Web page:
September 6, 2013 - Comments Off on Mark Donne : The Score
This week we were lucky enough to chat with journalist and filmmaker, Mark Donne, whose latest feature ‘The UK Gold’, narrated by The Wire’s Dominic West and scored by Radiohead’s Thom Yorke and Massive Attack’s Robert Del Naja, recently won best Documentary at The East End Film Festival.
We had a bit of a chat about the centre of the universe, tax havens and how to go about working with ridiculously talented talent.
Hey Mark, cheers for talking with us. From declining docks to the corrupt city, this is your second documentary unearthing the true East End. What fascinates you so much about this part of the country?
Well strictly speaking the second feature (The UK Gold) is about the square mile specifically, and the secretive financial empire operated from there. The real cord between those films is Empire. In terms of the first film (The Rime of the Modern Mariner) how that landscape and those people looked, flowed and lived through Empire and its pack down, and in the second, how that Empire faked its own death in terms of its on-going impact on the world’s and Britain’s poorest people.
But guilty: I’m pretty fixated with East London; to me it’s the centre of the universe, quite seriously. Cook discovered the astral passage of Venus from there; Kubrick walked the Commercial Rd endlessly; Dickens and Wilde depicted its illustrious, perilous hinterlands; its once thriving, now symbolic life-blood - the maritime alleyway to the seas and the globe that is the Thames - just replete with history and vivid sensation. Crucially, it’s a colossus of astounding, spellbinding, magical, evil, beautiful stories, every bit as layered as its cobbles, concretes and cements.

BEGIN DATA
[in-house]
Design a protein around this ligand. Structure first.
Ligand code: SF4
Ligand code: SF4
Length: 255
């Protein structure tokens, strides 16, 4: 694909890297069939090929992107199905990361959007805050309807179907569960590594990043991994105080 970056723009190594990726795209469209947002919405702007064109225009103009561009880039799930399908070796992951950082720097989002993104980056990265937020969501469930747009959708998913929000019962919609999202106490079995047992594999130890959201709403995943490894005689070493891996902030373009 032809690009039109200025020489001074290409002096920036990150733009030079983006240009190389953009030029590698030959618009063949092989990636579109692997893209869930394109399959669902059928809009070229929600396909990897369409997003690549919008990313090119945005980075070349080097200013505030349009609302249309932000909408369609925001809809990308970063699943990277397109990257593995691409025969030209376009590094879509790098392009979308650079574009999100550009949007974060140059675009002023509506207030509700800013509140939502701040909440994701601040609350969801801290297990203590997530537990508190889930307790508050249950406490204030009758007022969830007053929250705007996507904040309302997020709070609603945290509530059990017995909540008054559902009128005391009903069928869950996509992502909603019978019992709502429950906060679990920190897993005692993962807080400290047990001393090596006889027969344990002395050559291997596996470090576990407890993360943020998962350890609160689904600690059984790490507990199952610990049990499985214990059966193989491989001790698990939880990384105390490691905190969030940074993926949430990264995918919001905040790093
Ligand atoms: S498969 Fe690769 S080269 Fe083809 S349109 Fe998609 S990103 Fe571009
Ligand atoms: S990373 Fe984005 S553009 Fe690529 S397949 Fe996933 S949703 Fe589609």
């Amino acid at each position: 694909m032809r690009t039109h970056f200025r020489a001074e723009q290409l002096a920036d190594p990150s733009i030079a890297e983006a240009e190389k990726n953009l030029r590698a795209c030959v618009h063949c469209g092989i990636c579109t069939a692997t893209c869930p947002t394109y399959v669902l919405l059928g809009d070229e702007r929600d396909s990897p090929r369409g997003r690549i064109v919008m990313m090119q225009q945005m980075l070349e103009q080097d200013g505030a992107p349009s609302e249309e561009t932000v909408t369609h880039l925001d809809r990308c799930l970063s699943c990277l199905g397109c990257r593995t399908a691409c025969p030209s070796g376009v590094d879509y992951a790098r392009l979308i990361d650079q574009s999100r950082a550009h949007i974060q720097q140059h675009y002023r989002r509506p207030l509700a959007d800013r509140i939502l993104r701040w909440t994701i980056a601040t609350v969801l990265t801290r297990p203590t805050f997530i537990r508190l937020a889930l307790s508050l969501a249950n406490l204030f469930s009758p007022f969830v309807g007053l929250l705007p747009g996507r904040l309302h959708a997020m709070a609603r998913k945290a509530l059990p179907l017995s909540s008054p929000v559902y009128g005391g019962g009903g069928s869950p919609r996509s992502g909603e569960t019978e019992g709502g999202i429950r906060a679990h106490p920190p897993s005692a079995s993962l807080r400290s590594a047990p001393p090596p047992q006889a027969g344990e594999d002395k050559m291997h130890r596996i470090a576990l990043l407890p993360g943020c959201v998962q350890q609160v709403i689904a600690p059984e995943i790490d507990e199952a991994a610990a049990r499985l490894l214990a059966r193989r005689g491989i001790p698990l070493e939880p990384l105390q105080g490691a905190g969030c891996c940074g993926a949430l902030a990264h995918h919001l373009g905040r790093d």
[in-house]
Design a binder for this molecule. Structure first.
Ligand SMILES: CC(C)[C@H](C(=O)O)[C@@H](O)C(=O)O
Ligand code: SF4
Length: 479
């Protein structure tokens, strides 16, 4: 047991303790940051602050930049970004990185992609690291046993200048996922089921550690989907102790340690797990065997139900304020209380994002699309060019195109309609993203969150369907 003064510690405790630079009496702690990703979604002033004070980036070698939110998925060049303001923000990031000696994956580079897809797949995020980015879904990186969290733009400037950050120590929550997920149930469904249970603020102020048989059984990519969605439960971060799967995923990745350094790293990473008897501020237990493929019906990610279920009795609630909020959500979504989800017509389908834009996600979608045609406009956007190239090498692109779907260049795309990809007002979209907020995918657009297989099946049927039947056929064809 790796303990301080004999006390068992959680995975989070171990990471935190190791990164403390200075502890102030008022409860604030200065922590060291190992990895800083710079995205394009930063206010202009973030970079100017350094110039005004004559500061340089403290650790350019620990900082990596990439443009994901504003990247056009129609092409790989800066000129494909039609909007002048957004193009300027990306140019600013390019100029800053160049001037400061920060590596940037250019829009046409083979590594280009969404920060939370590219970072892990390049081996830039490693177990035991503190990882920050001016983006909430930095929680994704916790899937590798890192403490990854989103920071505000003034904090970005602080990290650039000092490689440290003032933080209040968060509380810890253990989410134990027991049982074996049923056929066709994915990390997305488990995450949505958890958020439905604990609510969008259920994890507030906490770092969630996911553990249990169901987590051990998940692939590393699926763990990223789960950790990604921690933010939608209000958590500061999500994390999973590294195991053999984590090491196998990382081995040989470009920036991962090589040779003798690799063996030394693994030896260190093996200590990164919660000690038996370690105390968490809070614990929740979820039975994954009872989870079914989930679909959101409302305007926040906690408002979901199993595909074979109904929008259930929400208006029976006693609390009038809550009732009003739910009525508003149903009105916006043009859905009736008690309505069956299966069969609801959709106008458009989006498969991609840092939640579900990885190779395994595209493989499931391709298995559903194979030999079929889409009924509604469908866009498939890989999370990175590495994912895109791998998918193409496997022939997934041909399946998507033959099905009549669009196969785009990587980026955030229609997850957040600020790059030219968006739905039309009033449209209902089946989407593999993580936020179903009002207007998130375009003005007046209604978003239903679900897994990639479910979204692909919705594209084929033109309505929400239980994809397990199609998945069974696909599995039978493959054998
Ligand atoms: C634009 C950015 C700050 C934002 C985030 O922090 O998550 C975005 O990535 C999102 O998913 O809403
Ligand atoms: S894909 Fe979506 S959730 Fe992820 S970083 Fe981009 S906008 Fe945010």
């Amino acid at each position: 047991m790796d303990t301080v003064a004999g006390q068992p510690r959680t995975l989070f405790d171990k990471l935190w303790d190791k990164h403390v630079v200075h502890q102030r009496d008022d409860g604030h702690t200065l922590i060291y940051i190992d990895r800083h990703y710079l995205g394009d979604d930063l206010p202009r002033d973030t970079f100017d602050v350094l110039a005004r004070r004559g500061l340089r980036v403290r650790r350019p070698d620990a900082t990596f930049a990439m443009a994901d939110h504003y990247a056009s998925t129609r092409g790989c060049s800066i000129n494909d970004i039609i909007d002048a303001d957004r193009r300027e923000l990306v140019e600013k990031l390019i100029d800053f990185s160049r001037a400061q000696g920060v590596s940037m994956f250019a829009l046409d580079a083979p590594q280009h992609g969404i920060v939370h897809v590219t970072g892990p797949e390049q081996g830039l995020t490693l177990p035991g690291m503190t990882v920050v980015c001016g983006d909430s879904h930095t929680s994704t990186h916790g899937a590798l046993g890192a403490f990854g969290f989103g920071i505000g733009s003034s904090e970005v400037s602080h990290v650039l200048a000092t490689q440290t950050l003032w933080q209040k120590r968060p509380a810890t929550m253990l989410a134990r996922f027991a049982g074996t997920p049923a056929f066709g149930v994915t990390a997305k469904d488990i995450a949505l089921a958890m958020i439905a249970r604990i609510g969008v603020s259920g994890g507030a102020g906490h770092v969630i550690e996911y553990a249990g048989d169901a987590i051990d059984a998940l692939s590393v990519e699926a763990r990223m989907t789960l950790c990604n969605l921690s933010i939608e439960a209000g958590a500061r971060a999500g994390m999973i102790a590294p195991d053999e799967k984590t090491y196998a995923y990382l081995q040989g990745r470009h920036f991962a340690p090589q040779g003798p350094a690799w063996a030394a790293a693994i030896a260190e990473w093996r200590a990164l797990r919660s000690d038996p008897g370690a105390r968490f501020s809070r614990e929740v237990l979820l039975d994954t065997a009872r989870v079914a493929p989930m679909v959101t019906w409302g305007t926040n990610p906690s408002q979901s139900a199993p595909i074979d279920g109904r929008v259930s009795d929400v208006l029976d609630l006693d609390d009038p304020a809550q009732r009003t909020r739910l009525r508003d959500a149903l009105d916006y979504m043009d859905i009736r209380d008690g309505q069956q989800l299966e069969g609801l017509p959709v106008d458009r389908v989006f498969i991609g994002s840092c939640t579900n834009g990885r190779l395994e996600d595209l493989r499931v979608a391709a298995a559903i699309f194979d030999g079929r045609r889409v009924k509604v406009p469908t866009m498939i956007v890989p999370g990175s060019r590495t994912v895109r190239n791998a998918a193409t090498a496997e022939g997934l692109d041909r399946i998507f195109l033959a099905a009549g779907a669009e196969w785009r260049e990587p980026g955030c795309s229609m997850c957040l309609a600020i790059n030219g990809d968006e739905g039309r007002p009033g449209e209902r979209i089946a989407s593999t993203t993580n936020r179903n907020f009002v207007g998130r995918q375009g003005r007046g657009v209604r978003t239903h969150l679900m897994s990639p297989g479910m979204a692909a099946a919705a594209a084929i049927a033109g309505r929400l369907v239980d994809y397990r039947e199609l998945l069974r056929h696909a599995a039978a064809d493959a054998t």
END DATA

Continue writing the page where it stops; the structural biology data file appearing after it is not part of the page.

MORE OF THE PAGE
Did you find making such a hard-hitting documentary exploring the negatives of the City even more powerful when doing so at the same time as London was on an Olympics high?
It was surreal in that the two things were happening simultaneously. The patriotic glory of the Olympics was playing out right next to the endless front pages about financial chicanery and corporate tax dodging. Often the FTSE 100 monoliths glorying in the sanitisation of sponsoring the games were the same identities we’d be looking at who were shovelling money owed in tax out of the country into tax havens (which themselves proudly fly the union jack), and by extension were making this country and more desperate African countries much poorer. So it was nauseating at times, but at other times – like when the City of London literally had a street paved with gold during the Jubilee – you’d just have to sit down on the kerb with your equipment and laugh hard, or you’d go a bit mad.
How did getting Dominic West in to do the voiceover come about? Was this a subject that he had a particular interest in?
Dom was just the perfect fit. We wanted a voice that was strong, rich in diction and sounded quintessentially British. We knew via a member of our team that in a social and political sense he is someone who reads and cares deeply about the world around him, so we asked and he was keen. It was such a pleasure working with him, a first rate actor and a lovely fella.